Delaware Court Of Chancery Partially Grants Section 220 Demand For Materials Related To Facebook FTC Settlement
On February 10, 2021, Vice Chancellor Joseph R. Slights III of the Delaware Court of Chancery granted in part and denied in part a stockholder demand to inspect Facebook’s books and records related to its July 2019 settlement with the FTC arising from the unauthorized release of user data to data analytics firm Cambridge Analytica. Employees’ Retirement System of Rhode Island v. Facebook, Inc., C.A. No. 2020-0085-JRS (Del. Ch. Feb. 10, 2021). In a post-trial order, the Court directed Facebook to produce electronic communications from board members concerning the FTC settlement but not privileged documents that the stockholder sought.
After the FTC settlement was announced, plaintiff demanded certain Facebook documents to investigate whether the company overpaid to protect the CEO from personal liability, among other potential misconduct. After negotiation, Facebook agreed to produce certain categories of documents but refused to produce: (i) electronic communications with board members about the FTC negotiations; and (ii) privileged documents concerning the FTC negotiations.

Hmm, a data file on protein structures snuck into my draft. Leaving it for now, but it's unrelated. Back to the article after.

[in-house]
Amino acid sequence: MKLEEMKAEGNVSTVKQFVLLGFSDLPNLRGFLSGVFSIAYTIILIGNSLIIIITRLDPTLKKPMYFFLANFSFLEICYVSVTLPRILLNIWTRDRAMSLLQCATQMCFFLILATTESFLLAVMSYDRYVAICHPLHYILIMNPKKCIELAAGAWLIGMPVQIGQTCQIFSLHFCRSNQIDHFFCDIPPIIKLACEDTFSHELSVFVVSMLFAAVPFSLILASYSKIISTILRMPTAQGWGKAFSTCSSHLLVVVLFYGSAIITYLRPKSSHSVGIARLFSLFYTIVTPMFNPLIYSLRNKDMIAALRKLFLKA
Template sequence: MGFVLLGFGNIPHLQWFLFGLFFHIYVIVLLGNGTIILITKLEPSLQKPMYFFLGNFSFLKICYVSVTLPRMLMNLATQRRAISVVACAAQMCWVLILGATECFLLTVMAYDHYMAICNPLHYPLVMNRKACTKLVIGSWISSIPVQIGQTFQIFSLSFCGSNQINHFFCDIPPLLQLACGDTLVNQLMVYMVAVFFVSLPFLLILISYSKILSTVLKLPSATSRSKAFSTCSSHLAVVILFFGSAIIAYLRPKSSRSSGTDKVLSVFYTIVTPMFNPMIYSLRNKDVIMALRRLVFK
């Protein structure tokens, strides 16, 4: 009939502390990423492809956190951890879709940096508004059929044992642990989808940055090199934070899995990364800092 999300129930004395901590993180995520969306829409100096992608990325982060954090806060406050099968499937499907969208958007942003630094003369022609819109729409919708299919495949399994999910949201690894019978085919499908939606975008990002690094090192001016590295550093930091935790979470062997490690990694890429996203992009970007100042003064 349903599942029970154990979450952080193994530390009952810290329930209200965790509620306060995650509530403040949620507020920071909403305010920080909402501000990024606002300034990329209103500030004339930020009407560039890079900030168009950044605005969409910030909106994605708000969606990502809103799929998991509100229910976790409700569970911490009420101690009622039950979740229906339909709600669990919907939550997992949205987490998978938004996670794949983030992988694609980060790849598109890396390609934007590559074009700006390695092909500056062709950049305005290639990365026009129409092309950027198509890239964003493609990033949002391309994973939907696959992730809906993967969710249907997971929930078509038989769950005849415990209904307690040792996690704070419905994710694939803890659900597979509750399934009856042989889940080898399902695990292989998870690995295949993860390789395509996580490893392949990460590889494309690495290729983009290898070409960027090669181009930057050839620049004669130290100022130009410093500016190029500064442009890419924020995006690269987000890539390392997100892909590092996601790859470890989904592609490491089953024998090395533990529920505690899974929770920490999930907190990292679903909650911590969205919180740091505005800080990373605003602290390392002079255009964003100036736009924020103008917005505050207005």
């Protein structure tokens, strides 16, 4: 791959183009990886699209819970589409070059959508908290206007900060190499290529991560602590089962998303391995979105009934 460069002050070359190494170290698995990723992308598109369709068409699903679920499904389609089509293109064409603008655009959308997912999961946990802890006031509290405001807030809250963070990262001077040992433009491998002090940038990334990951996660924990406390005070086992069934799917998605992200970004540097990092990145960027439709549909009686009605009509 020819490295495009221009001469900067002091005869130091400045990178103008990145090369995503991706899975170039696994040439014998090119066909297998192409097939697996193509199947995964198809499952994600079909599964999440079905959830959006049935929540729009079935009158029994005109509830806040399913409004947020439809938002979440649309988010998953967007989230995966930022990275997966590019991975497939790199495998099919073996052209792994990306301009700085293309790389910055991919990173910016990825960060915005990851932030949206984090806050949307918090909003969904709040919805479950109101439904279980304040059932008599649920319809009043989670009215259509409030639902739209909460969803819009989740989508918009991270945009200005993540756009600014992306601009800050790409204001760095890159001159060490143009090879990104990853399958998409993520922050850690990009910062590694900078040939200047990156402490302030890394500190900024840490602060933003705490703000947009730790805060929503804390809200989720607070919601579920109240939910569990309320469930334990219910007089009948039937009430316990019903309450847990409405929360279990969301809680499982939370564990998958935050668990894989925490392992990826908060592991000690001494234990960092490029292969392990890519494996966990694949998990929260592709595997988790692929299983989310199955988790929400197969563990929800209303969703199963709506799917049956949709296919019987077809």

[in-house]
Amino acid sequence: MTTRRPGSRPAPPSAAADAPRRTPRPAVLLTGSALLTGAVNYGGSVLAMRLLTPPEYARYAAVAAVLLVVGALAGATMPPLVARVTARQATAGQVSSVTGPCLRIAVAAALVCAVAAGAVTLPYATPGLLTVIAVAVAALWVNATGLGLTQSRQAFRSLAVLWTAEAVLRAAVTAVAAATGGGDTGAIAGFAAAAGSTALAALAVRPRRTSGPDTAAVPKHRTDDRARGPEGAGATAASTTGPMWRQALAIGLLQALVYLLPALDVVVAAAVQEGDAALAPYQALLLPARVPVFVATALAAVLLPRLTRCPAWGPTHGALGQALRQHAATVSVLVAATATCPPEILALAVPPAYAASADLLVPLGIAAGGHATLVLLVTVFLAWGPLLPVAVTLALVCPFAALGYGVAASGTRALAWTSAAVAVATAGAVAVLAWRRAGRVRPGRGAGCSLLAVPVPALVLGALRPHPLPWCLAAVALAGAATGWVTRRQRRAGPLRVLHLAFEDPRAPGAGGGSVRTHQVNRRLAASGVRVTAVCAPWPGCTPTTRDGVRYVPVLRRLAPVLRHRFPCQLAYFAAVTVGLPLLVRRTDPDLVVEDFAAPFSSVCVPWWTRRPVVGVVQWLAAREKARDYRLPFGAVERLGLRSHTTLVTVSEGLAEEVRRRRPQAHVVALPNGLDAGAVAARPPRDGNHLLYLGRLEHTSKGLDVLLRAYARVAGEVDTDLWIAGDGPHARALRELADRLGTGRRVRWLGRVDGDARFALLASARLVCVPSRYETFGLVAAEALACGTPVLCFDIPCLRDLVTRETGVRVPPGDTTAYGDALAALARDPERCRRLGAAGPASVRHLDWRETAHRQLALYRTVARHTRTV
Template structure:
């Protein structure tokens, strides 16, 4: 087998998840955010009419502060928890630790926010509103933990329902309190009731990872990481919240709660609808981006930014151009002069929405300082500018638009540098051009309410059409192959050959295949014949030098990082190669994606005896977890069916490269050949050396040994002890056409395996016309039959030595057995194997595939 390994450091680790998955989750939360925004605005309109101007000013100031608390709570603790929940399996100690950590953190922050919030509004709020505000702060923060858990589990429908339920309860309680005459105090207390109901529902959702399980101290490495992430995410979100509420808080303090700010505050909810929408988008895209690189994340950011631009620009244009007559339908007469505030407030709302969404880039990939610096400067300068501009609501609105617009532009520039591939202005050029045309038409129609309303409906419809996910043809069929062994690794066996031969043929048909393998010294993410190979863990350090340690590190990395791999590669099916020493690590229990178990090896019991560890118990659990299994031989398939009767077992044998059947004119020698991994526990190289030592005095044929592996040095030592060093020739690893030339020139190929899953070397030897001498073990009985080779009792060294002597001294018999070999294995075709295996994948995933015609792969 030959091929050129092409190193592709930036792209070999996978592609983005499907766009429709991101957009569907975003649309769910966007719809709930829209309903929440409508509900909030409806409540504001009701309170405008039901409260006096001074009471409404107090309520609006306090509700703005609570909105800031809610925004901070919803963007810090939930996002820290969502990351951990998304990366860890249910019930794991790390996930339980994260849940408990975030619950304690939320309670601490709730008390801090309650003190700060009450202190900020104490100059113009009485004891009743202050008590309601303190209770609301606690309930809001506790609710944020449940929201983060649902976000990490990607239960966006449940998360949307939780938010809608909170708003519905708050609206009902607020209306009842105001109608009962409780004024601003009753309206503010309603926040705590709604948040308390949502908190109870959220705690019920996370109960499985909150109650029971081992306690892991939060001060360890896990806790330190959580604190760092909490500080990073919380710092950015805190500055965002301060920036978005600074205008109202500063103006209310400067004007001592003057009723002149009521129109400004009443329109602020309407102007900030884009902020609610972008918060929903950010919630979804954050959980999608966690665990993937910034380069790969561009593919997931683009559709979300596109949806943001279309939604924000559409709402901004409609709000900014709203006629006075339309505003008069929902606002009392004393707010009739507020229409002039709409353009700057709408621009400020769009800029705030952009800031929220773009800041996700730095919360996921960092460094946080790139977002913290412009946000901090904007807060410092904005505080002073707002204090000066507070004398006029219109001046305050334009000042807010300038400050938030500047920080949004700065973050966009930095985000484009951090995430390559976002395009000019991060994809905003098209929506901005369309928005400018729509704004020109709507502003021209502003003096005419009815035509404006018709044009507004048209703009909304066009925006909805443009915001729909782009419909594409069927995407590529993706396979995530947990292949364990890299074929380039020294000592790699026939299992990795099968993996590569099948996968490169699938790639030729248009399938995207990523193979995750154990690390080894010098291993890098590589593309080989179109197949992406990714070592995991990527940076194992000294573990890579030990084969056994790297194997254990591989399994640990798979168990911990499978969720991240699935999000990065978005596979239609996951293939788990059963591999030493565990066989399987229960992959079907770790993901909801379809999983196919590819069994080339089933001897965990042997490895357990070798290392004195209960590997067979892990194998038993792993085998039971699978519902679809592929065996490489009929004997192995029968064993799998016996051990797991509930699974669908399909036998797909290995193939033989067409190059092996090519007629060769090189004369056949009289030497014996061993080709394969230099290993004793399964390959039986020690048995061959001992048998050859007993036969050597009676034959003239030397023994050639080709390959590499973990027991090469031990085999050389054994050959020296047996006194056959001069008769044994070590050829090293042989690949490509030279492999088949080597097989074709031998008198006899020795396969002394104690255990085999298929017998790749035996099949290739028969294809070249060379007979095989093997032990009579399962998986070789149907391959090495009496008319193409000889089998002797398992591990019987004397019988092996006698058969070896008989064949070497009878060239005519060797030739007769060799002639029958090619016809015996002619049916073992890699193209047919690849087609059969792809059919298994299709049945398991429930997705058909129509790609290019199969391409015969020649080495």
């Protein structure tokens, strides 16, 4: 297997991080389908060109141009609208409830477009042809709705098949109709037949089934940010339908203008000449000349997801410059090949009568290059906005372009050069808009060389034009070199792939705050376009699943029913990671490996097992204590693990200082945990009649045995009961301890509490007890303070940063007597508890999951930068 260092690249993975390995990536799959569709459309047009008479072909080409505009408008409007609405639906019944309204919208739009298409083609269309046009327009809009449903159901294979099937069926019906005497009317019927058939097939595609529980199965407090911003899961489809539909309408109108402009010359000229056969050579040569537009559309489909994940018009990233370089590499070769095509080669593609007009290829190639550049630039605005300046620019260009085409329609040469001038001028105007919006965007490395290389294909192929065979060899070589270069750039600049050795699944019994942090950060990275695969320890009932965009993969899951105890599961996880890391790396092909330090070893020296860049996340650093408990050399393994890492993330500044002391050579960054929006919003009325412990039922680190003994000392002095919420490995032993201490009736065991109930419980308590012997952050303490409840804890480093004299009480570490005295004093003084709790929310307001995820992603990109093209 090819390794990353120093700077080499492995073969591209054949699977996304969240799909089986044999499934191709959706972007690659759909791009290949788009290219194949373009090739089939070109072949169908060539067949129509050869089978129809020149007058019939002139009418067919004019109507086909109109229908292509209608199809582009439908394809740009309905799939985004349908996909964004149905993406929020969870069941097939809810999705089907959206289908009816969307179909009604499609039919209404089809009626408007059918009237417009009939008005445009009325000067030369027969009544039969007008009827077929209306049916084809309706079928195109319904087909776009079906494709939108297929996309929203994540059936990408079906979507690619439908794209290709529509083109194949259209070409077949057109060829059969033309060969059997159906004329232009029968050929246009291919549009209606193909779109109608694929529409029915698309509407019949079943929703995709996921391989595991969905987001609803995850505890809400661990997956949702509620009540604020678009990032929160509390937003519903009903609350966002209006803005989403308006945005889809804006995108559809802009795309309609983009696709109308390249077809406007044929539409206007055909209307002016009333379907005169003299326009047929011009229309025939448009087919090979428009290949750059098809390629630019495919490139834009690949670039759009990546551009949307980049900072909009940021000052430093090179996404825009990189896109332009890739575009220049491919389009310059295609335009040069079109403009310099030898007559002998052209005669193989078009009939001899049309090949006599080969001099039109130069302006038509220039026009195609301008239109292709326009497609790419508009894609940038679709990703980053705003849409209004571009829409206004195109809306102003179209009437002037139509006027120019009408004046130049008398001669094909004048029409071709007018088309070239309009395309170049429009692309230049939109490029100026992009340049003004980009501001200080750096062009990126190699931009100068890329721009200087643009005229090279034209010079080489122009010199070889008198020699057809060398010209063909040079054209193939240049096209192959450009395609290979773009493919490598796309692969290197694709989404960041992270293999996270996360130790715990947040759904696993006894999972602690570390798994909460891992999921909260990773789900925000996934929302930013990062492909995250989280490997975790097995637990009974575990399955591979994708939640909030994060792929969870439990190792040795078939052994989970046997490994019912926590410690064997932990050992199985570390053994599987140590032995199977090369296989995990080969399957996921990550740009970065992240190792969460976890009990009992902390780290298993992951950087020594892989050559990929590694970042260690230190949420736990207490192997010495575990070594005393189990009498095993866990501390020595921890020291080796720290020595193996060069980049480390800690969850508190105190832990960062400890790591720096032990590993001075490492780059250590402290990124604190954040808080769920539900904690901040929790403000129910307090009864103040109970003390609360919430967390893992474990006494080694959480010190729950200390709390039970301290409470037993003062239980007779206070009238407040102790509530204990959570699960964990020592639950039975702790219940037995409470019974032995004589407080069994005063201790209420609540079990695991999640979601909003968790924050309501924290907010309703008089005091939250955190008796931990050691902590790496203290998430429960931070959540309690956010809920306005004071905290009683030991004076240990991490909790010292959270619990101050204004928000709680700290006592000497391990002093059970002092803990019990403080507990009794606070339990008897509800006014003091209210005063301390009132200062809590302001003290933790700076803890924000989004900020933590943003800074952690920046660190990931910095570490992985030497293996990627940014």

As to the first category of disputed documents, Facebook argued that the electronic communications were not “necessary and essential” to the investigation because the board materials it had agreed to produce, together with documents produced in response to the prior demand, were sufficient to allow plaintiff to assess the fairness of the FTC settlement. The Court disagreed, finding the previously produced materials did not provide sufficient information for plaintiff to assess the release of personal liability for Facebook’s CEO in the FTC settlement.
As to the second category of disputed documents, Facebook argued that plaintiff failed to establish good cause to disregard the attorney-client privilege and work product protection because they could not demonstrate that the evidence needed to investigate the settlement was not available from non-privileged sources. The Court agreed, finding that because plaintiff had not yet reviewed the non-privileged documents that Facebook was being ordered to produce, it could not meet the “heavy burden to justify a court order compelling the production of documents protected by the attorney-client privilege.”